more market-affirming Chicago and Virginia schools. However, while there is indeed plenty of evidence that neoclassical welfare theory was often guilty of the nirvana fallacy, we argue that this is emphatically not true of the Cambridge economists who are taken to represent that tradition—Sidgwick, Marshall and Pigou. We start by showing that they were definitely not guilty of making naive assumptions about state action, as much of the literature from Coase onwards has claimed them to be: the central texts of the Cambridge tradition show a clear sense of the potential limitations and inefficiencies of the political process. Paradoxically, given the way they have been chosen as the target for criticism, their ideas anticipated many of the specific problems with government action to which economists at Chicago and Virginia were to attach great importance and for which they claimed credit. The Cambridge economists we discuss here were aware of the problems that forces such as special interests and rent seeking, imperfect information, and the principal-agent issues that arise in bureaucracies could generate and, as a result, they held a much more realistic view of the possibilities for government intervention than is often believed. In making these points we rely heavily on direct quotation; this may be inelegant, but it is necessary to establish that we are not reading into the Cambridge welfare economists more than they actually said. Our point is that they were explicit in making the points we attribute to them.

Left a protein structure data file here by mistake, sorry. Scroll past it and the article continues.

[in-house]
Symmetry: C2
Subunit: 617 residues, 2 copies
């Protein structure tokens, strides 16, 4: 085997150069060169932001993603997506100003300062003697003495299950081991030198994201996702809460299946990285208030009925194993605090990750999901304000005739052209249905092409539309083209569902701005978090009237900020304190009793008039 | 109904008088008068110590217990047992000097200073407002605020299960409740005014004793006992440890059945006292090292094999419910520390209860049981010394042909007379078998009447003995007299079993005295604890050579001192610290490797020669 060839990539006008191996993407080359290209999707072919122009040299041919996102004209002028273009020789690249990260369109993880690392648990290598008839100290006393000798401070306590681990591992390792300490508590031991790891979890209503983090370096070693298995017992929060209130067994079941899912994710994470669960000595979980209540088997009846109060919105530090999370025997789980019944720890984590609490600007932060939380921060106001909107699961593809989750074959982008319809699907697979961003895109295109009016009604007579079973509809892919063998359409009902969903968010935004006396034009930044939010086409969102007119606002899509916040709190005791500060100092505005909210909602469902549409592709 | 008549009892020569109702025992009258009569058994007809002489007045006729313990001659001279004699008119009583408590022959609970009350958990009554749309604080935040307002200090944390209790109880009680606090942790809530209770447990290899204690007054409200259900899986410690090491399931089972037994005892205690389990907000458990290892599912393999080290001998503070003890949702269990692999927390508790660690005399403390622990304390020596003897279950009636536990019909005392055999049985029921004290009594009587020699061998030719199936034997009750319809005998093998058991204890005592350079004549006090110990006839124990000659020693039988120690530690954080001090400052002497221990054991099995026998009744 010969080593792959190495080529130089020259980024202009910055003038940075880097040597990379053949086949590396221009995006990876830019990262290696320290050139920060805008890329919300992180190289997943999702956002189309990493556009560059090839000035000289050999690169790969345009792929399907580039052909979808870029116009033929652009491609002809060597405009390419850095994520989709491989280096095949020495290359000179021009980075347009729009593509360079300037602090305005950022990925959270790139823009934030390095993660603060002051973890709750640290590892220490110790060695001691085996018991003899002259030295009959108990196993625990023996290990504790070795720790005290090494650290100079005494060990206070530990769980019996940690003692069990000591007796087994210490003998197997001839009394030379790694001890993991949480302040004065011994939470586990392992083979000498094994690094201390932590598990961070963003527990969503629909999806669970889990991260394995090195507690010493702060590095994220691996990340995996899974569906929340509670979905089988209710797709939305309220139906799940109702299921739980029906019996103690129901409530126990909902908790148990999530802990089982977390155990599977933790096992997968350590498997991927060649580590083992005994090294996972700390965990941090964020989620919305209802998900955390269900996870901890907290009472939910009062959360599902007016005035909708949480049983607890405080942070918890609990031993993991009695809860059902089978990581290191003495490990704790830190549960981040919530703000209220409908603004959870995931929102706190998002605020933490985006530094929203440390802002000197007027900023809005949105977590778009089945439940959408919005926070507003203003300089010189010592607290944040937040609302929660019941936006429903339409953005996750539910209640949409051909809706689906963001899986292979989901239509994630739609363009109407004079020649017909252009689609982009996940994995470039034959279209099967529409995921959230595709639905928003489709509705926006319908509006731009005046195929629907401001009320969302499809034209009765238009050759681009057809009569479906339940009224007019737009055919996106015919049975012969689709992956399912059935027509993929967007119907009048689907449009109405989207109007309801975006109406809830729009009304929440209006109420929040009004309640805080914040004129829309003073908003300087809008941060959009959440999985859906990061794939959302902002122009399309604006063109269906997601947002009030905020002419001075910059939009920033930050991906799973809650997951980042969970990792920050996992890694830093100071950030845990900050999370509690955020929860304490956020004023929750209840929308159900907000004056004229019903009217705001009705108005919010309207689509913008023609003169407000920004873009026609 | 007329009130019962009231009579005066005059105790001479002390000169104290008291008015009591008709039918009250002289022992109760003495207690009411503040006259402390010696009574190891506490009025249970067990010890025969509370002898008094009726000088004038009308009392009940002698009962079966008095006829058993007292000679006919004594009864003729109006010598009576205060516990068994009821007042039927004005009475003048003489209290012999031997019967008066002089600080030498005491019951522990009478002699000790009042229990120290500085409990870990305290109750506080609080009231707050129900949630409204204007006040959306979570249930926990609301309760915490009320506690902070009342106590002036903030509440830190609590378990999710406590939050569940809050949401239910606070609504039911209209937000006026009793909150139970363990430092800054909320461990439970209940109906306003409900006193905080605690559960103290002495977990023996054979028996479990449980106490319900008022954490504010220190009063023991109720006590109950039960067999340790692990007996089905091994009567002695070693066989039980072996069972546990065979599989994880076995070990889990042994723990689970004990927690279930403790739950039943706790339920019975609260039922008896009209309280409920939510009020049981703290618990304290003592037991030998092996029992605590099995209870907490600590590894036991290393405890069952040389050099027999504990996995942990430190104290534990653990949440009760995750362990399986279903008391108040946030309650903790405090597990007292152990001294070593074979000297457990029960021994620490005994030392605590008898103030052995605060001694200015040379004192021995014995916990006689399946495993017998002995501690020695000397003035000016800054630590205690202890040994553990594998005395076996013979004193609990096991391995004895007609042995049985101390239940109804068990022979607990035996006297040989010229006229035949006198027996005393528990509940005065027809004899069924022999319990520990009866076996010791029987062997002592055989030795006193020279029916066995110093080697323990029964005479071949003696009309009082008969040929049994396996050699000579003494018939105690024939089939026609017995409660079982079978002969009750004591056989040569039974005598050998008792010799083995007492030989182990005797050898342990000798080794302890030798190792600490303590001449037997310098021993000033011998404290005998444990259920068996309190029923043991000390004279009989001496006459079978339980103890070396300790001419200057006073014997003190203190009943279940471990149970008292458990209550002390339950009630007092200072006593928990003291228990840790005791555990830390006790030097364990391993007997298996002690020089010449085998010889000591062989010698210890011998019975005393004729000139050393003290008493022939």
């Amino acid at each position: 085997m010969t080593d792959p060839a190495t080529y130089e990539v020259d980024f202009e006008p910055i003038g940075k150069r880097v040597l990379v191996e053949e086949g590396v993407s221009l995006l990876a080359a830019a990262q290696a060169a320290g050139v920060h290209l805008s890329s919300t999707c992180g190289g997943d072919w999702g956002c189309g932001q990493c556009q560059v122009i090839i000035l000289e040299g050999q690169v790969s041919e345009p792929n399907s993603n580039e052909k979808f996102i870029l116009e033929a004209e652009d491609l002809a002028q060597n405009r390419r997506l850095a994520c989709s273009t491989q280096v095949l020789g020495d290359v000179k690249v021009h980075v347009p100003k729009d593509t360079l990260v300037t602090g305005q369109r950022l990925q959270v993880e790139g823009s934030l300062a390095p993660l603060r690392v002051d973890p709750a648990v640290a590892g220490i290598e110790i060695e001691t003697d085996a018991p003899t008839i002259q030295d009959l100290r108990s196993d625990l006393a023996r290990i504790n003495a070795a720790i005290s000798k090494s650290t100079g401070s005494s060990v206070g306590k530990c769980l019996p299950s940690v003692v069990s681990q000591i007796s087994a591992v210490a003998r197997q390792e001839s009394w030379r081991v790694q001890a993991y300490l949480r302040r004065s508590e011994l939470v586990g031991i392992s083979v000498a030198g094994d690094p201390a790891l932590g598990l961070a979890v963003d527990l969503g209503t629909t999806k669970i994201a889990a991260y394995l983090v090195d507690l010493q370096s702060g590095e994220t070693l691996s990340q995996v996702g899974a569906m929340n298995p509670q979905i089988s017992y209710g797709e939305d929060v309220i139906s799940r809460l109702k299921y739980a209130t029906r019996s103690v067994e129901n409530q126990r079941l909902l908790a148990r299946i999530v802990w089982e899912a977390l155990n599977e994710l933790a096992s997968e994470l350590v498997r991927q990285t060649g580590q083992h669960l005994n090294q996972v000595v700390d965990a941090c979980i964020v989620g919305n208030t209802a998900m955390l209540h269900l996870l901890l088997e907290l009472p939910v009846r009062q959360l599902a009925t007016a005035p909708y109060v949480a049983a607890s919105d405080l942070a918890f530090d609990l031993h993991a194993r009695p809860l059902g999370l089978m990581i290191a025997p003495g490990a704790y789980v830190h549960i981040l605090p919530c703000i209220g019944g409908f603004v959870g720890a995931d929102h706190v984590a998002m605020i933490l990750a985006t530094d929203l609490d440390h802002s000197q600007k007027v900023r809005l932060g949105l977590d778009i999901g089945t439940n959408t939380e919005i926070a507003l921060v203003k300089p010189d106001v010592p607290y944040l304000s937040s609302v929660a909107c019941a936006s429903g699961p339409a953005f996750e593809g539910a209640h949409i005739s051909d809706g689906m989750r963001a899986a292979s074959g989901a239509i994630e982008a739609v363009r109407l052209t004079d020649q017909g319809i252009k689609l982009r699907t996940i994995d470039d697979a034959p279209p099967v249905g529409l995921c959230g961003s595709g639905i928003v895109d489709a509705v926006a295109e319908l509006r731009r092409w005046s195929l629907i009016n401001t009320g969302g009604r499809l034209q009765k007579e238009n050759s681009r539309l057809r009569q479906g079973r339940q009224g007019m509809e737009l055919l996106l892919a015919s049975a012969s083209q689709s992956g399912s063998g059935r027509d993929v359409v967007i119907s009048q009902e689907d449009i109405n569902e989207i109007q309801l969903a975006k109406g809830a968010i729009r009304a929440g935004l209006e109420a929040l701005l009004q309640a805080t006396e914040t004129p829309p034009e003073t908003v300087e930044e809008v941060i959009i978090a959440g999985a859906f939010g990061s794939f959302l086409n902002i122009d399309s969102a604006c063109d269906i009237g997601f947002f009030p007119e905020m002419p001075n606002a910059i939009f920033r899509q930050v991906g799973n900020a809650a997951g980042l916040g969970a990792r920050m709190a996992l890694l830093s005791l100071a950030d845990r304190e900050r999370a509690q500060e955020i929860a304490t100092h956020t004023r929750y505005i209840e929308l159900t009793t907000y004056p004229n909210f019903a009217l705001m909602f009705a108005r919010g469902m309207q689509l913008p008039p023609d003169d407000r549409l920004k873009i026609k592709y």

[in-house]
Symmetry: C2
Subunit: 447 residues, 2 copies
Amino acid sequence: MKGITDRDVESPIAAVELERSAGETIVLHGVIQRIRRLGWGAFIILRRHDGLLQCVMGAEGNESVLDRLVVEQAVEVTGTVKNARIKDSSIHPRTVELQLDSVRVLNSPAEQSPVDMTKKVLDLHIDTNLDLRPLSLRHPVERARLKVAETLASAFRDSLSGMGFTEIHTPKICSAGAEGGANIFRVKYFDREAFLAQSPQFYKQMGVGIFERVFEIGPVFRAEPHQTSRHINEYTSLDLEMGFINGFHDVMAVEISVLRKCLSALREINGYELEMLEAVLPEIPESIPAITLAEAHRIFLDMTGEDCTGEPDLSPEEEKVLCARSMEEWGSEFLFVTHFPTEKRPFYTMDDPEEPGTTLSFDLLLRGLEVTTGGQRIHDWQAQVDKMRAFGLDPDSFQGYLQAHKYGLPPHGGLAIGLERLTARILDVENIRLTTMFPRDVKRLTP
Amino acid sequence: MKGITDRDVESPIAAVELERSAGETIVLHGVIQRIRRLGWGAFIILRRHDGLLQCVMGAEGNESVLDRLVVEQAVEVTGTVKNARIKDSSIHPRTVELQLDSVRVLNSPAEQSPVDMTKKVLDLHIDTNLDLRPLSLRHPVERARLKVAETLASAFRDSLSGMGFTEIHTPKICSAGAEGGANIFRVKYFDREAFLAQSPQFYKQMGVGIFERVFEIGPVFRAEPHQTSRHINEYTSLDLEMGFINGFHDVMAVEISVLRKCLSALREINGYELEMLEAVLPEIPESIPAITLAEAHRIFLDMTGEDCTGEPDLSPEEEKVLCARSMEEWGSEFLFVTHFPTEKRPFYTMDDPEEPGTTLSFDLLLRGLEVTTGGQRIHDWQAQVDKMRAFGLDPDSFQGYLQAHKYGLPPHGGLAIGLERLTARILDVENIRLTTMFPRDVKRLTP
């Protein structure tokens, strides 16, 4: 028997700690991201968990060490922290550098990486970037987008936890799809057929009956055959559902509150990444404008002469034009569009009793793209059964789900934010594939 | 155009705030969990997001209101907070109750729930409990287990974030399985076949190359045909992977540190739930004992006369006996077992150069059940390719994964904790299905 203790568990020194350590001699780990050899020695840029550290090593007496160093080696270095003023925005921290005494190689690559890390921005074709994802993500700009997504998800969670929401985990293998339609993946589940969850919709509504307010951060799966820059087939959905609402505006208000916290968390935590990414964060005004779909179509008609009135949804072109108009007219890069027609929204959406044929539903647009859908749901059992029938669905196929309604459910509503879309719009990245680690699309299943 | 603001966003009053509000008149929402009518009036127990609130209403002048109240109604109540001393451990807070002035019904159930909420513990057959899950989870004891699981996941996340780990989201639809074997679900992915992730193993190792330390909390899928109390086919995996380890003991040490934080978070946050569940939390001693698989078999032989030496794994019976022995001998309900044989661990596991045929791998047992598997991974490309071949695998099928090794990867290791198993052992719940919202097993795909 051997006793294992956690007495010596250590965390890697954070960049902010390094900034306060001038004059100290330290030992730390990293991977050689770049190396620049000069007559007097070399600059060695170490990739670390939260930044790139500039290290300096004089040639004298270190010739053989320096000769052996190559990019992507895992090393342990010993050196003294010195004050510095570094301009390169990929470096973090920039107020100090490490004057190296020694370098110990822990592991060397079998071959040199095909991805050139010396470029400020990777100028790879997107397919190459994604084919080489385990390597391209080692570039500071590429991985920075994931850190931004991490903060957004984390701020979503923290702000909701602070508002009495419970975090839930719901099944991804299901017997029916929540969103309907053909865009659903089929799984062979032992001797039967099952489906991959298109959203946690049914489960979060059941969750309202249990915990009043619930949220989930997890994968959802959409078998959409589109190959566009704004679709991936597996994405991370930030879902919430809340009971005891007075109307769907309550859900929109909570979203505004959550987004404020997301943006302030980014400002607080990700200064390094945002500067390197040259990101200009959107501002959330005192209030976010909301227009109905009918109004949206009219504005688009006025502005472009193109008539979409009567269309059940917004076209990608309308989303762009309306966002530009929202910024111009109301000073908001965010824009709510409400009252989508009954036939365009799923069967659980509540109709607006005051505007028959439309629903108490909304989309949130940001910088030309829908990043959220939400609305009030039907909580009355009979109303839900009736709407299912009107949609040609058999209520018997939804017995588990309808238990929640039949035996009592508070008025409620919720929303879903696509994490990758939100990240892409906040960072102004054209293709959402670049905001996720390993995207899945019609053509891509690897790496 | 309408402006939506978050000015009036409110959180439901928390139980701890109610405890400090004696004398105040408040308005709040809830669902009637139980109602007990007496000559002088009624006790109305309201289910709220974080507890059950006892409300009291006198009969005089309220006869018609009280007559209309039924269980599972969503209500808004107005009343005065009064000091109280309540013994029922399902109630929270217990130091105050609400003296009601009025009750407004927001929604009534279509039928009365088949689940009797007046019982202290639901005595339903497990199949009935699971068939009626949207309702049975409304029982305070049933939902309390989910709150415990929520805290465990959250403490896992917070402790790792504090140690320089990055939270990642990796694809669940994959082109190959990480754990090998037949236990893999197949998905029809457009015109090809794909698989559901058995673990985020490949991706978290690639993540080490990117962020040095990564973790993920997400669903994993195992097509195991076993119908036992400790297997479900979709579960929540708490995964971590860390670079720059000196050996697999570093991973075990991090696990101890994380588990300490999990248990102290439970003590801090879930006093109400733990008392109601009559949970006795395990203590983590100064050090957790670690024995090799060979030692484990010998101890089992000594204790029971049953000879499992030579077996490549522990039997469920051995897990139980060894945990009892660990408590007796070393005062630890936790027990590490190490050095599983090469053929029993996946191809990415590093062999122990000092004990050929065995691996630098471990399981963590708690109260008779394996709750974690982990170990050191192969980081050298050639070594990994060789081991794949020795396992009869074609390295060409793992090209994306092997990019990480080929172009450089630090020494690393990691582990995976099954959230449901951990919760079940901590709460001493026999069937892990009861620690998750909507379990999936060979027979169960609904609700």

— Roger E. Backhouse and Steven G. Madema, “Economists and the Analysis of Government Failure: Fallacies in the Chicago and Virginia Interpretation of Cambridge Welfare Economics,” Cambridge Journal of Economics 36, 4 (2012), p. 982.
Monopoly, then, in a market free of government obstacles to entry, means for us the position of a producer whose exclusive control over necessary inputs blocks competitive entry into the production of his products. Monopoly thus does not refer to the position of a producer who, without any control over resources, happens to be the only producer of a product. This producer is fully subject to the competitive market process, since other entrepreneurs are entirely free to compete with him. It follows, also, that the shape of the demand curve facing the producer does not of itself have bearing on whether he is a monopolist as I have defined the term. That a producer without monopoly control over resources perceives the demand curve facing him as that of the entire market for the particular product merely means that he believes he has discovered the opportunity of selling to this entire market before any one else has.
— Israel M. Kirzner, Competition and Entrepreneurship (Indianapolis: Liberty Fund, 2013 ), pp. 82–83.